I want to start off, Minister, by asking: do you think people living on income support should be forced to live below the poverty line?
Thanks, Senator Rice. This is a very substantial investment in the social safety net by the Albanese government. It's a $9½ billion investment, with substantial increases to payments—including the JobSeeker payment. The $40 increase means the basic rate of the JobSeeker payment will increase by $56.10 to $749.20 every fortnight from September this year if this legislation passes unamended through the Senate. That's what will happen. These are substantial increases.
I take your point, and the government has always taken the point, that many of those Australians who live on social security payments are doing it very tough. Rates of homelessness are unacceptable, and that is why the government has a series of reforms in this place—which are currently being opposed by the majority of senators in this place. The Treasurer and the Prime Minister have made it clear that, in every budget, this government will examine where it is possible to make improvements. We have taken advice from the task force you've referred to but also more broadly from across the community sector. We have formed a view these are very substantial increases. I commend the whole bill to the Senate. Thank you for traversing the whole context of this, and I look forward to further discussion.
Thank you, Minister, for that explanation of the position of the government on the bill, but you didn't answer my question. My question was a very simple one, with a 'yes' or 'no' answer: do you think people living on income support should be living below the poverty line?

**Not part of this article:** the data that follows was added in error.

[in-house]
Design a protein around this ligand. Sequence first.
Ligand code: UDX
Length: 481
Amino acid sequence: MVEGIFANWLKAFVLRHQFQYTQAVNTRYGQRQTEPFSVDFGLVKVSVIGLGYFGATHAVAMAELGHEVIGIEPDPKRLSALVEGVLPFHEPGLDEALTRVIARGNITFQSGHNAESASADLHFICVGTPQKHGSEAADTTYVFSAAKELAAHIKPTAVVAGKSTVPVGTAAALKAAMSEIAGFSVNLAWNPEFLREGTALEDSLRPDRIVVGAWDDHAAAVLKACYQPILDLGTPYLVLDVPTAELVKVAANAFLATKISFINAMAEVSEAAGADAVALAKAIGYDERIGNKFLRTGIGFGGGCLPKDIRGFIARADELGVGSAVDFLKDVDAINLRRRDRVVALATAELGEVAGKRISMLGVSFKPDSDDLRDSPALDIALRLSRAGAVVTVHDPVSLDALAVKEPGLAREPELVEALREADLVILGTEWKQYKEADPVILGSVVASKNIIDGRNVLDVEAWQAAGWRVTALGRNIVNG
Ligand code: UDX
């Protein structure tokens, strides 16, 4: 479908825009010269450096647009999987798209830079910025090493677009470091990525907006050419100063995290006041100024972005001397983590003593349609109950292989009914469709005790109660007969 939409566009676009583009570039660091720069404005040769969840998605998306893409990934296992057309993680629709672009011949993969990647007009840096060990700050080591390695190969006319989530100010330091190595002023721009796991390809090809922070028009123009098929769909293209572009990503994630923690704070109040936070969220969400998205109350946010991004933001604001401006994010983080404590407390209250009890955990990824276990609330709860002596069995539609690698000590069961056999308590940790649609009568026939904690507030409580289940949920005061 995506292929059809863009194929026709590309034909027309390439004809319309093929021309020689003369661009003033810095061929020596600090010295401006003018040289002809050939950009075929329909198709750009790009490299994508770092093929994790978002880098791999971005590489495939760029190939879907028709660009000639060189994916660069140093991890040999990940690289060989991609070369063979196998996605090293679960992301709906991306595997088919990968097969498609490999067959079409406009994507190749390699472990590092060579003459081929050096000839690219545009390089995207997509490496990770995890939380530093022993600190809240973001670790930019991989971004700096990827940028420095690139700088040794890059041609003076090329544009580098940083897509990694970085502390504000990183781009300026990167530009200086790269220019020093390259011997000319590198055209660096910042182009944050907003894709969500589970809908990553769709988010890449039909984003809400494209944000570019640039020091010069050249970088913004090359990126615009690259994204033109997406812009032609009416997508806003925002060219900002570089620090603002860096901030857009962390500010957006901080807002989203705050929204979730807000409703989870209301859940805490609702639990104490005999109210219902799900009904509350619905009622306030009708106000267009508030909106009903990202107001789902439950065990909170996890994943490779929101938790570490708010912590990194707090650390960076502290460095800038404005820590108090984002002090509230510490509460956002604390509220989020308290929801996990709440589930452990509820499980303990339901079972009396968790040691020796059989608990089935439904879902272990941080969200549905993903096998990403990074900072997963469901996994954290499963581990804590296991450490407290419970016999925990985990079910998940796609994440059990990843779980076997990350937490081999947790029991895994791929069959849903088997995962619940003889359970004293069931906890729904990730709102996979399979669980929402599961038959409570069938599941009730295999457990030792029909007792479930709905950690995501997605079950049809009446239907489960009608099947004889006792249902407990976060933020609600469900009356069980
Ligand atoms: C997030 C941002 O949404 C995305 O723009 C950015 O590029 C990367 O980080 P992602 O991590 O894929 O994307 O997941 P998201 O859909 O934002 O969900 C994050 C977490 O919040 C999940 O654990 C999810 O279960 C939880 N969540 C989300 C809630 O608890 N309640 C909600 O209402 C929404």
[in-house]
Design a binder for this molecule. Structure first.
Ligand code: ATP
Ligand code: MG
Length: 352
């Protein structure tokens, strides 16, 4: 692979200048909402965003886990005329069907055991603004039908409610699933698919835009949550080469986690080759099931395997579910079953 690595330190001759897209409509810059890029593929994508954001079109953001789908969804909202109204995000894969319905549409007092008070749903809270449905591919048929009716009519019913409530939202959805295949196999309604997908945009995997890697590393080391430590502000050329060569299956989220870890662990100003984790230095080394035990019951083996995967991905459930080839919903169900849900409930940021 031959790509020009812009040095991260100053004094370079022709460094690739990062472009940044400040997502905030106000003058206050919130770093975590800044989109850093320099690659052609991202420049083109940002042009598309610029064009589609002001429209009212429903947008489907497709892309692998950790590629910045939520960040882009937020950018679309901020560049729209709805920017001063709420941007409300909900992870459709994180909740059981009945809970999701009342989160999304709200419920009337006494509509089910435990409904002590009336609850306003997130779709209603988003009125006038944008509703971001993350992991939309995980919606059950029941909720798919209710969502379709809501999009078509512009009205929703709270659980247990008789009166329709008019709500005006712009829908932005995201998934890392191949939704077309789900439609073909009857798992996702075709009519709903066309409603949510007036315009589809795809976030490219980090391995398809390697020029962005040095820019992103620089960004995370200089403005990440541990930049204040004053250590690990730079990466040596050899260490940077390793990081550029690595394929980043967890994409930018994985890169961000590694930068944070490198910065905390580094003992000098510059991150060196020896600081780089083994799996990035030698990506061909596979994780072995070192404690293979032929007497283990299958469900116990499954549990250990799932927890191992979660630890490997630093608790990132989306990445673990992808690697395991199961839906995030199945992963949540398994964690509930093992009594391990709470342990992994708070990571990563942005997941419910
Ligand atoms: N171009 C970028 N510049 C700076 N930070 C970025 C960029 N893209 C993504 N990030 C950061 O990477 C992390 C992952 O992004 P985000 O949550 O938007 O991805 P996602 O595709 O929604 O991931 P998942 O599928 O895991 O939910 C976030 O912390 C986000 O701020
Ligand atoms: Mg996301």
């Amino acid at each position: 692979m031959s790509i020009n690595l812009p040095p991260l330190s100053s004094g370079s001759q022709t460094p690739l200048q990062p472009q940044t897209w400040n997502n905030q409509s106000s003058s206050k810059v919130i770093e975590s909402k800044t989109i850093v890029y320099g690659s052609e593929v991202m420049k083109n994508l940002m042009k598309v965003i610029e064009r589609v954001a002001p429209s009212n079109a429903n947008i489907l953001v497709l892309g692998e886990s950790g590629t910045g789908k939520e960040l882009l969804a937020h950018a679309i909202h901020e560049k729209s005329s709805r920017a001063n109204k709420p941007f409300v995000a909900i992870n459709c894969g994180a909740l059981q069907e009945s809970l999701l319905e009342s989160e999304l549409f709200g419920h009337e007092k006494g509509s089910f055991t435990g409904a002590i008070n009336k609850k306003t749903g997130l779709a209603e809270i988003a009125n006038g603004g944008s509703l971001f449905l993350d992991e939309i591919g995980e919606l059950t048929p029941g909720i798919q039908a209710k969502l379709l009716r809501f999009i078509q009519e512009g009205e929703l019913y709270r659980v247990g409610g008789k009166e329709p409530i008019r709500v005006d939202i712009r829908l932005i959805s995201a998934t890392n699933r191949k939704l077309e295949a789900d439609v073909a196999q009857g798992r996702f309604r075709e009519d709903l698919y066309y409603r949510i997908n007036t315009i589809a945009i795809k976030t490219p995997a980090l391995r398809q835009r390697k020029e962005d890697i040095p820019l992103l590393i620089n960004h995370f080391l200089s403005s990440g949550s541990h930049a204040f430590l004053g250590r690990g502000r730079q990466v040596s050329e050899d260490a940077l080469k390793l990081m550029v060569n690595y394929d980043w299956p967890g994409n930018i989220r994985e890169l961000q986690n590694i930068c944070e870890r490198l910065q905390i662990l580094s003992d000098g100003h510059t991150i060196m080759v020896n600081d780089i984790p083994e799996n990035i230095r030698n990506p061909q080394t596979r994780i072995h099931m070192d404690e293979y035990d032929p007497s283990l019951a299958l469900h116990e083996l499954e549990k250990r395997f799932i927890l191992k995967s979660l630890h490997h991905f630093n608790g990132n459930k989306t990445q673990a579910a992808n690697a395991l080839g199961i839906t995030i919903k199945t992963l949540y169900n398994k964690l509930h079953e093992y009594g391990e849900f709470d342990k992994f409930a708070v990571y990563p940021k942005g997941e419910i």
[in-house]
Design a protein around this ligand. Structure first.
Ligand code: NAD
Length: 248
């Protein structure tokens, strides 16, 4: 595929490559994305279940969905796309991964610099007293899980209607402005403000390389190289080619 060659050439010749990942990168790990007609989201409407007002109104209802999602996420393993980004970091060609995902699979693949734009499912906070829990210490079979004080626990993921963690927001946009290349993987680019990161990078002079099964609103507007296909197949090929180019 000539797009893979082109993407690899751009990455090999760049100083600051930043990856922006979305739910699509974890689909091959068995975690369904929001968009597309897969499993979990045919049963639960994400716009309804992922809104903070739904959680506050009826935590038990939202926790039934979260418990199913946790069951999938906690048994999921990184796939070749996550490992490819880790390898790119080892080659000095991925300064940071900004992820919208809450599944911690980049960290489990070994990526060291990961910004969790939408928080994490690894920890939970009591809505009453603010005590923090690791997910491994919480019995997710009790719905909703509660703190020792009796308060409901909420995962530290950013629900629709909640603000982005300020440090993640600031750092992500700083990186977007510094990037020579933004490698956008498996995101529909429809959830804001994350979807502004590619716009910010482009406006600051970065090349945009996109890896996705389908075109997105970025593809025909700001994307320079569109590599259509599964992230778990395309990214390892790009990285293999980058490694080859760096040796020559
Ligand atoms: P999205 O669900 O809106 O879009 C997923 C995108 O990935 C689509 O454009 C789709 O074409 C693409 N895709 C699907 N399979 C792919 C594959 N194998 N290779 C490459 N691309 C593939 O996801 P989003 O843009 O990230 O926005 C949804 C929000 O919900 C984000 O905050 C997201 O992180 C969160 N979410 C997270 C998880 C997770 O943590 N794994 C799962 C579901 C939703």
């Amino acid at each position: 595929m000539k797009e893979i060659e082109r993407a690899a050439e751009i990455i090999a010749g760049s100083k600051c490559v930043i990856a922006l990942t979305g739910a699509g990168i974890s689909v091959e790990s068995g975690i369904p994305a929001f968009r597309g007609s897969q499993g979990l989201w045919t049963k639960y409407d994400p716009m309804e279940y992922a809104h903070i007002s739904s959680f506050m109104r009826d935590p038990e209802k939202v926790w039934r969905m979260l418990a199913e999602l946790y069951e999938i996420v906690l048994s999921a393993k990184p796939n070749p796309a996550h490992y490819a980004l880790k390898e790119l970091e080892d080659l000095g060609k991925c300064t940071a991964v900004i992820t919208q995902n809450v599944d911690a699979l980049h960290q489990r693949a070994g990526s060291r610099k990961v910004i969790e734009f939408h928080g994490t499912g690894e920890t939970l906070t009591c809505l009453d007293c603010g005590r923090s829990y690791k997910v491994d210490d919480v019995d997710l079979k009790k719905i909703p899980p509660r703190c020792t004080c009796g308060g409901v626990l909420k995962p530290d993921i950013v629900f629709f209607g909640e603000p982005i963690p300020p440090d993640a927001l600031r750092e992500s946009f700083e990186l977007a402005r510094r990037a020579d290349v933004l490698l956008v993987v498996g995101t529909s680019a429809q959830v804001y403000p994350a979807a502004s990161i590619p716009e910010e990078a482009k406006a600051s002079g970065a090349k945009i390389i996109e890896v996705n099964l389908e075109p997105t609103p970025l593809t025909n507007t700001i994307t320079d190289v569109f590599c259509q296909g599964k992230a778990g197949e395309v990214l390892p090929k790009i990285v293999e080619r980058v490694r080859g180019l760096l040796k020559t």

I wish that all Australians lived above the poverty line. I wish that all Australians had the benefit of work and support from the government, that housing was available at rates that were affordable. There are very significant challenges out there. The government have determined that this is the package that we are bringing forward. It is a very substantial package and I think it should be supported.
You said that you would like all people to be living above the poverty line, so can I be clear: do you think that people who are living on income support should be forced to live below the poverty line?
The government is offering this very substantial improvement to the social welfare net. That is the government's position.
Order, Senator Ayres. Senator Rice is on her feet.
It's a very simple question that I've been asking the minister and I would like a simple answer. Yes or no, does he believe that people relying on income support should be forced to live below the poverty line?
The TEMPORARY CHAIR: Senator Rice, that isn't a point of order. The minister was in process of answering your question. I will remind the minister of Senator Rice's question and ask the minister to continue his response.
The TEMPORARY CHAIR: Thank you, Minister.
Minister, what I hear you saying is that you think that all people should be able to live above the poverty line. That is what I heard from a couple of answers ago. Well then, why aren't you acting? Why has the government decided to not increase income support to lift people out of poverty? It had been done before. The previous government, during the COVID pandemic, had the JobSeeker supplement that raised people out of poverty. This had massive, excellent implications for people's quality of life. It enabled people to pay to get their cars repaired. It enabled people to pay for their medications. It enabled people to put food on the table for their kids and not be living in poverty. Your government has made a choice to leave people below the poverty line, yet you are saying that you think all people should be able to live a life of dignity above the poverty line. That's what I hear you saying. So why aren't you acting? Why have you made that choice to leave people languishing below the poverty line at the same time as going ahead with the stage 3 tax cuts that are going to cost the bottom line over $300 billion that would more than adequately pay for increasing income support to above the poverty line?